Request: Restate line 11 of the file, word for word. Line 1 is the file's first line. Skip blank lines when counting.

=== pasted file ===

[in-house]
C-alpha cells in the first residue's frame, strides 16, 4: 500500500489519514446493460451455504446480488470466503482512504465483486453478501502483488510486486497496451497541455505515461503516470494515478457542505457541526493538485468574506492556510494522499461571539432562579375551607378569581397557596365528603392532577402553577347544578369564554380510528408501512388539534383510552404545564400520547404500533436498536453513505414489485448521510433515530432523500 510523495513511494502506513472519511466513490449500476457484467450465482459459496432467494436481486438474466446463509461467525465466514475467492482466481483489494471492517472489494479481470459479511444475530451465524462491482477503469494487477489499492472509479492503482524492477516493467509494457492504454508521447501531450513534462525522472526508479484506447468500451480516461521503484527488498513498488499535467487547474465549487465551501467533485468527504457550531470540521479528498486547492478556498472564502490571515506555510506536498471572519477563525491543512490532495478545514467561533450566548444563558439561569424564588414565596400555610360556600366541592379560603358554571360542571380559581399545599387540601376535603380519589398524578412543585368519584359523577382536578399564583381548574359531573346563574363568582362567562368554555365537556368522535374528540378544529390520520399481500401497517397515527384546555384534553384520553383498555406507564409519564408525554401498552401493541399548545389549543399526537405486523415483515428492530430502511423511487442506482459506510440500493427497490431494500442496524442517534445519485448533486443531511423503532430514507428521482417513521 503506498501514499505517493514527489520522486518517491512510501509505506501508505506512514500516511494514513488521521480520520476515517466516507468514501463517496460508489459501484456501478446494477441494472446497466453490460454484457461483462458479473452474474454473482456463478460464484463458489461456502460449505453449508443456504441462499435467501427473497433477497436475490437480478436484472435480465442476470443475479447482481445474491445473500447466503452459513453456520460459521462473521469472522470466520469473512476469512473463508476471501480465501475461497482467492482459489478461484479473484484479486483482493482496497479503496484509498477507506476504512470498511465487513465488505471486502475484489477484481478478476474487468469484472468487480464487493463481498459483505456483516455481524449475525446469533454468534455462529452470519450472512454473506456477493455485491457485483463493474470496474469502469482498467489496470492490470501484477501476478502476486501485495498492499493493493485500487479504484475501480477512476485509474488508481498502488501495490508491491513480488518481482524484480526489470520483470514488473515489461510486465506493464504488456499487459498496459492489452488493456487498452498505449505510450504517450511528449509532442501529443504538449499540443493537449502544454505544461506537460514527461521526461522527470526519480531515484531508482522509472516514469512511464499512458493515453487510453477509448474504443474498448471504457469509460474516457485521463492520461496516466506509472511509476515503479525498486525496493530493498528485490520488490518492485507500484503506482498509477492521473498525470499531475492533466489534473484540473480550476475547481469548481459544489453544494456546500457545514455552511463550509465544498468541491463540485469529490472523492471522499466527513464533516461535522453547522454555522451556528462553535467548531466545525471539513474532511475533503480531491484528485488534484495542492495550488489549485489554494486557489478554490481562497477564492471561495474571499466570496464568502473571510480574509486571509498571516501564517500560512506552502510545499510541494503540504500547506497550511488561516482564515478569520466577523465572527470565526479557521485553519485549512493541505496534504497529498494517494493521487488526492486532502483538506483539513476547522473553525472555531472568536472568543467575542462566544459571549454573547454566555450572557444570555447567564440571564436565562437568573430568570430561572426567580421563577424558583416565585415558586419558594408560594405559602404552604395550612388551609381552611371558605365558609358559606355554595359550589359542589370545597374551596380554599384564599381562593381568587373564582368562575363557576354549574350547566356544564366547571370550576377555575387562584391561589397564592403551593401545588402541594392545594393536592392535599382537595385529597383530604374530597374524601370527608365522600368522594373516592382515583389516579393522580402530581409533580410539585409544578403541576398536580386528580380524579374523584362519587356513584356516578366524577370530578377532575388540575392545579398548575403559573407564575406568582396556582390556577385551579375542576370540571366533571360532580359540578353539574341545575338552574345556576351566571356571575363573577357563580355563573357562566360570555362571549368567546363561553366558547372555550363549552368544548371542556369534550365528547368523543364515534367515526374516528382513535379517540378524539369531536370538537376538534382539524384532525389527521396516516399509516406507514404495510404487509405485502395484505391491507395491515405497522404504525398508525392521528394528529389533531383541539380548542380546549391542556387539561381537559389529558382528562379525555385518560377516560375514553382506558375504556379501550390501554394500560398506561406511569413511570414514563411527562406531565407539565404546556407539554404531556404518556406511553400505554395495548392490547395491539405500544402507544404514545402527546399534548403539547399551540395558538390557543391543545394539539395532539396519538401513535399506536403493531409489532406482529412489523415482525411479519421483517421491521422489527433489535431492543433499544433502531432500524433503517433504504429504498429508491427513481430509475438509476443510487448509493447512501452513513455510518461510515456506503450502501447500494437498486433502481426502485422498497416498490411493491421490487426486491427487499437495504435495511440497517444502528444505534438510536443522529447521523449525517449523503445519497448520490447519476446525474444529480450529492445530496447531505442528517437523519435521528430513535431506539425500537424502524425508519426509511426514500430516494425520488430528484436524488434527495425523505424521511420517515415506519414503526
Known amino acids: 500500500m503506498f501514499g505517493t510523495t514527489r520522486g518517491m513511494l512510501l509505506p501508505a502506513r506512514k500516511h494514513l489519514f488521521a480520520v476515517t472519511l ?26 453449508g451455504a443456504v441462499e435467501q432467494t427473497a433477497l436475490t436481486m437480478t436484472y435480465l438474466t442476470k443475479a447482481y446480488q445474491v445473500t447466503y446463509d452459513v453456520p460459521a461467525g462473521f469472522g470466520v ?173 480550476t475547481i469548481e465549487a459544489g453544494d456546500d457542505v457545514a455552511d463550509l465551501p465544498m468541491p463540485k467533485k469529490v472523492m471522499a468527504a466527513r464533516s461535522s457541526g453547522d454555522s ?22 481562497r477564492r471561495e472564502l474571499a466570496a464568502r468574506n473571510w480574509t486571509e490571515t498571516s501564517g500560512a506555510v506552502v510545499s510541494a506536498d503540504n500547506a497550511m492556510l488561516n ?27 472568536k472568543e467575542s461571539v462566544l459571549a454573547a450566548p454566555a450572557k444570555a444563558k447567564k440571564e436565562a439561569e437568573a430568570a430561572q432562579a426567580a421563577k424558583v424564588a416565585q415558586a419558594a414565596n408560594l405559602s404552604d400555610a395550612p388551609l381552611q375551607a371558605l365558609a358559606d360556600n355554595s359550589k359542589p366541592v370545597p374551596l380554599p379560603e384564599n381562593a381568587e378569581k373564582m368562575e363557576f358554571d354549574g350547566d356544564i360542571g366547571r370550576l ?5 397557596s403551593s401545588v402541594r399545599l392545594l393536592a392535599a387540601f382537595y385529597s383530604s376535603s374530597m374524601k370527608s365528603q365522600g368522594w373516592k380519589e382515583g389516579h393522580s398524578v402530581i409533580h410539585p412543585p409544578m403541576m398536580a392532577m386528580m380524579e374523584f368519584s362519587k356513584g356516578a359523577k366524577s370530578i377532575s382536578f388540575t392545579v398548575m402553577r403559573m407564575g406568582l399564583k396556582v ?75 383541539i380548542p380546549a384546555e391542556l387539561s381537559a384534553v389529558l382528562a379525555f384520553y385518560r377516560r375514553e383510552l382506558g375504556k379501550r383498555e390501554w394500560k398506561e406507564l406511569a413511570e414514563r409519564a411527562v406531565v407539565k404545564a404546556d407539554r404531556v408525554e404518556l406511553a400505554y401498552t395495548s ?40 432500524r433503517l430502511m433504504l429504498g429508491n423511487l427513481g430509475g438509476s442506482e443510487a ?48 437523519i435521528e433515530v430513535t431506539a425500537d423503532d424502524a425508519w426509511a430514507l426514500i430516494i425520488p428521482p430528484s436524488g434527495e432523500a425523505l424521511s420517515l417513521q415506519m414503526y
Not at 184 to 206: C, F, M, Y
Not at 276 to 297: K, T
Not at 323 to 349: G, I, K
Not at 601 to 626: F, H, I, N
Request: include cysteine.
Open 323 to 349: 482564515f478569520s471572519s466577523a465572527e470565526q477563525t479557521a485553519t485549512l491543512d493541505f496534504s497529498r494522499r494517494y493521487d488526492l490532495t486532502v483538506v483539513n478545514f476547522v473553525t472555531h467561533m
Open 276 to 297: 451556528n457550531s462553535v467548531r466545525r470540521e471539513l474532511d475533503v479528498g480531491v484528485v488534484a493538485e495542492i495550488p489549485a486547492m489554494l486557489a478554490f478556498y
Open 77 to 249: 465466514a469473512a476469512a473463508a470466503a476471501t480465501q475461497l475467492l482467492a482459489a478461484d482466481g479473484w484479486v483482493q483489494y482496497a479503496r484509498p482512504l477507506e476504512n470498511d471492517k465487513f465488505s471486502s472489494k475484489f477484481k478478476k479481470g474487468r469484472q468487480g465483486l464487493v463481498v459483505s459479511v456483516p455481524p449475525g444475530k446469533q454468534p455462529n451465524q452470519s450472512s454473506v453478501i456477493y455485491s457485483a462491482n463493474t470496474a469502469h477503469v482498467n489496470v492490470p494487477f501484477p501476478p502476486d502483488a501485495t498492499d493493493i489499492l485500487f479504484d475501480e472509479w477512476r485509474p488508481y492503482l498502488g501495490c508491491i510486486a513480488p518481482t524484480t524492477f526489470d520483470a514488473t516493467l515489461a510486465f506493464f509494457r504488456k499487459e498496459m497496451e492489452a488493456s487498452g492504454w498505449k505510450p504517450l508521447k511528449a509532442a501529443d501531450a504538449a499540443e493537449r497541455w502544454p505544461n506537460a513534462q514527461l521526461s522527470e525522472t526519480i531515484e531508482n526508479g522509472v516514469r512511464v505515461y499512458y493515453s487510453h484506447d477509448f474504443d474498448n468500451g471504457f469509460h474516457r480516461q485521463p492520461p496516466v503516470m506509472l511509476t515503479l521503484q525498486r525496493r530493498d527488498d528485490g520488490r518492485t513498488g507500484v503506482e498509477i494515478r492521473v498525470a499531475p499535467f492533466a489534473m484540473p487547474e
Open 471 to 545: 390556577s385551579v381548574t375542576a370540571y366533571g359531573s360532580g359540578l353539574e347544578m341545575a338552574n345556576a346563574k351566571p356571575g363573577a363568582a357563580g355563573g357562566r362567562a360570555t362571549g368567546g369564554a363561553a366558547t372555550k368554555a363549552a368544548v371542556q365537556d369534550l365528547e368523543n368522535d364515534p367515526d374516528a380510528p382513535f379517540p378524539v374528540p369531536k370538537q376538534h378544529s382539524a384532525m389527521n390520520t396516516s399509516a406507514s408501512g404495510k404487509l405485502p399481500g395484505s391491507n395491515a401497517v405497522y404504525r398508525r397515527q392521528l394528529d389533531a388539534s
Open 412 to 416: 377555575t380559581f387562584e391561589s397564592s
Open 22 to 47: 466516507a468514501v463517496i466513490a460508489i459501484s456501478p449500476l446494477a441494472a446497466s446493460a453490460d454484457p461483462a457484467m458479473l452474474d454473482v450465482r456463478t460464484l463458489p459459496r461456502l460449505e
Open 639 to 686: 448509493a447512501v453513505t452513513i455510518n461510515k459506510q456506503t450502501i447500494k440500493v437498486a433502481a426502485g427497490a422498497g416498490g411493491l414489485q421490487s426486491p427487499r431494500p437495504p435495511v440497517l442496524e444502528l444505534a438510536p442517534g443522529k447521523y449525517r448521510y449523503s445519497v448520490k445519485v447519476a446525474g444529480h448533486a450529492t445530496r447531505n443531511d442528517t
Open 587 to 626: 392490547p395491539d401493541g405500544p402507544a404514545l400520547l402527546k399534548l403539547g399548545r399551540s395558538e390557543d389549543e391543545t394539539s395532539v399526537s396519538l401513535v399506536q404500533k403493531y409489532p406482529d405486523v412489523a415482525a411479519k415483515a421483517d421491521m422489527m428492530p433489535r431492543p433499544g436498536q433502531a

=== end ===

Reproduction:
Open 77 to 249: 465466514a469473512a476469512a473463508a470466503a476471501t480465501q475461497l475467492l482467492a482459489a478461484d482466481g479473484w484479486v483482493q483489494y482496497a479503496r484509498p482512504l477507506e476504512n470498511d471492517k465487513f465488505s471486502s472489494k475484489f477484481k478478476k479481470g474487468r469484472q468487480g465483486l464487493v463481498v459483505s459479511v456483516p455481524p449475525g444475530k446469533q454468534p455462529n451465524q452470519s450472512s454473506v453478501i456477493y455485491s457485483a462491482n463493474t470496474a469502469h477503469v482498467n489496470v492490470p494487477f501484477p501476478p502476486d502483488a501485495t498492499d493493493i489499492l485500487f479504484d475501480e472509479w477512476r485509474p488508481y492503482l498502488g501495490c508491491i510486486a513480488p518481482t524484480t524492477f526489470d520483470a514488473t516493467l515489461a510486465f506493464f509494457r504488456k499487459e498496459m497496451e492489452a488493456s487498452g492504454w498505449k505510450p504517450l508521447k511528449a509532442a501529443d501531450a504538449a499540443e493537449r497541455w502544454p505544461n506537460a513534462q514527461l521526461s522527470e525522472t526519480i531515484e531508482n526508479g522509472v516514469r512511464v505515461y499512458y493515453s487510453h484506447d477509448f474504443d474498448n468500451g471504457f469509460h474516457r480516461q485521463p492520461p496516466v503516470m506509472l511509476t515503479l521503484q525498486r525496493r530493498d527488498d528485490g520488490r518492485t513498488g507500484v503506482e498509477i494515478r492521473v498525470a499531475p499535467f492533466a489534473m484540473p487547474e